It's only 7:30 AM and I'm already thinking about lunch. We always called them "grinders," but that would probably be harder to squeeze into a phrase than "hero," which is the theme today. The first and second theme answers have HERO right smack dab in the middle - BEACHEROSION and PITCHEROFBEER, and it would have been a little more beautiful if the third could have shared that feature, but LEARNTHEROPES isn't bad, and at least the word HERO is split between other words. Solid enough theme.
The fill, on the other hand, irritated me a little more than it did yesterday. The ever-popular INURE showed up right away in the North, and in the SE we have both EZIO and EZER, neither of which is a household name - at least in this household - but they were mitigated by the fineness of the down necessitating those Zs, CHEESEPIZZA (26D: Pie with no extra toppings). Very nice, that. And it's symmetrical entry URBANSPRAWL (3D: Phenomenon facilitated by freeways), is good fill, too, even if, with BEACHEROSION, it paints an unhappy picture of the modern world.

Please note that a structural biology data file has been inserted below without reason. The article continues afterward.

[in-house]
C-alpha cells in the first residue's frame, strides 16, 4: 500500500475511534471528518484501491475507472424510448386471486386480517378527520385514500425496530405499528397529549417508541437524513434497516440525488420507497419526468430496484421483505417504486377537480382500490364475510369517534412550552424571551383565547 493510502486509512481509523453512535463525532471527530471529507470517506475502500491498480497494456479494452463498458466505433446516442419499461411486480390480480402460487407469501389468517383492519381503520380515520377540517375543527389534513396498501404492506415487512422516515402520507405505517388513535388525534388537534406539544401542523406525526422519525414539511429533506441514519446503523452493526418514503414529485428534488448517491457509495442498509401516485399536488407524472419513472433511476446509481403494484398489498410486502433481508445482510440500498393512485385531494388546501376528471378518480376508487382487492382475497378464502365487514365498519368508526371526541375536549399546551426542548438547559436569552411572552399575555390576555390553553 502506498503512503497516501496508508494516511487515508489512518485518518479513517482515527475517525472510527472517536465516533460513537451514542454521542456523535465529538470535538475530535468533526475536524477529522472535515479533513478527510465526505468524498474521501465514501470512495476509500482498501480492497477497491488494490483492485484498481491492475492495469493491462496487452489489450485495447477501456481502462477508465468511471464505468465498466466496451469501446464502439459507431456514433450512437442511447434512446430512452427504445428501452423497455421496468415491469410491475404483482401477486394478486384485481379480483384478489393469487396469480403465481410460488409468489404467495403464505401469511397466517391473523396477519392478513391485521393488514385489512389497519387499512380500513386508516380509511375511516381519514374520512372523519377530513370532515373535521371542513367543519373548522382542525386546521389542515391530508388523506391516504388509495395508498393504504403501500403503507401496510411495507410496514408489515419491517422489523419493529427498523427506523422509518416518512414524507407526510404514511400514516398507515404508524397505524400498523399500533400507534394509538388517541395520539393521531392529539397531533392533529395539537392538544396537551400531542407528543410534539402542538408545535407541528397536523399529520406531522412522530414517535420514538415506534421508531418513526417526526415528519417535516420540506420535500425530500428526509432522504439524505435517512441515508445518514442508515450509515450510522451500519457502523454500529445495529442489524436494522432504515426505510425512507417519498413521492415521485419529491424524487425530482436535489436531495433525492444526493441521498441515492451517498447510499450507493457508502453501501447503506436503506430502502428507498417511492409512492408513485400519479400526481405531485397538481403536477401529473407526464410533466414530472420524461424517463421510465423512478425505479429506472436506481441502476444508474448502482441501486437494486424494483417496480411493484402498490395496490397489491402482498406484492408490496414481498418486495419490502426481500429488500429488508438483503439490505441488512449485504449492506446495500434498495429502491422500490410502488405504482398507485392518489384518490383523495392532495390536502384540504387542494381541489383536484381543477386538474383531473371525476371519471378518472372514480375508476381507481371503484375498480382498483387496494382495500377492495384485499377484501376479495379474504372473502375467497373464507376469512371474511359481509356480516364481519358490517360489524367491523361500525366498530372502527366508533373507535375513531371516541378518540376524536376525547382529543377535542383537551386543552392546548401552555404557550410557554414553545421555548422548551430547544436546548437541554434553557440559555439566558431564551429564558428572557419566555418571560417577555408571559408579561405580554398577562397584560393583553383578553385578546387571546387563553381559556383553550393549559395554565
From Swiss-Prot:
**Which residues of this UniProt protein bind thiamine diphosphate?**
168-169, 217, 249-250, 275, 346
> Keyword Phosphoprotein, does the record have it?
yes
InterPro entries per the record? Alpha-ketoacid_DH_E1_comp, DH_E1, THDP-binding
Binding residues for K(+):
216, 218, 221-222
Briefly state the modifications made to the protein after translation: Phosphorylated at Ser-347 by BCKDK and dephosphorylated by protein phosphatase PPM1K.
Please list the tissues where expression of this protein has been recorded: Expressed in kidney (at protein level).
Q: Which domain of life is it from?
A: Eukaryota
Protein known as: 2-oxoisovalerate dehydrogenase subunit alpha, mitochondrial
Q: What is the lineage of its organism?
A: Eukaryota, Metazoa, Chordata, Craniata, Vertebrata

PARD (45D: Pal on the range) makes me wonder if that's not what Keats meant by "Away! Away! for I will fly to thee,/Not charioted by Bacchus and his pards,/But on the viewless wings of Poesy,/Though the dull brain perplexes and retards." I've heard that he was using it as a short form of "leopards," but it makes one wonder, does it not? No... probably not. I wonder if Keats was even aware of it as a short form of "pardner." Can't you just hear him saying to Fanny, "Hey Girl, me and my pards are heading over to faery lands forlorn to see if we can't score some vintage draughts. Meet us later on the country green."
Anywhooo, INRE the puzzle, the NW got me off on the wrong foot, maybe, with its ABRA, AYN, ABBR, and ASSTS, and I don't like AZERA or TIDE, but the theme is solid, and there's some good non-theme stuff - SPLAT, FRAIL, SNARE, ANGLE (55D: It's right at 90˙)... let's call it a wash.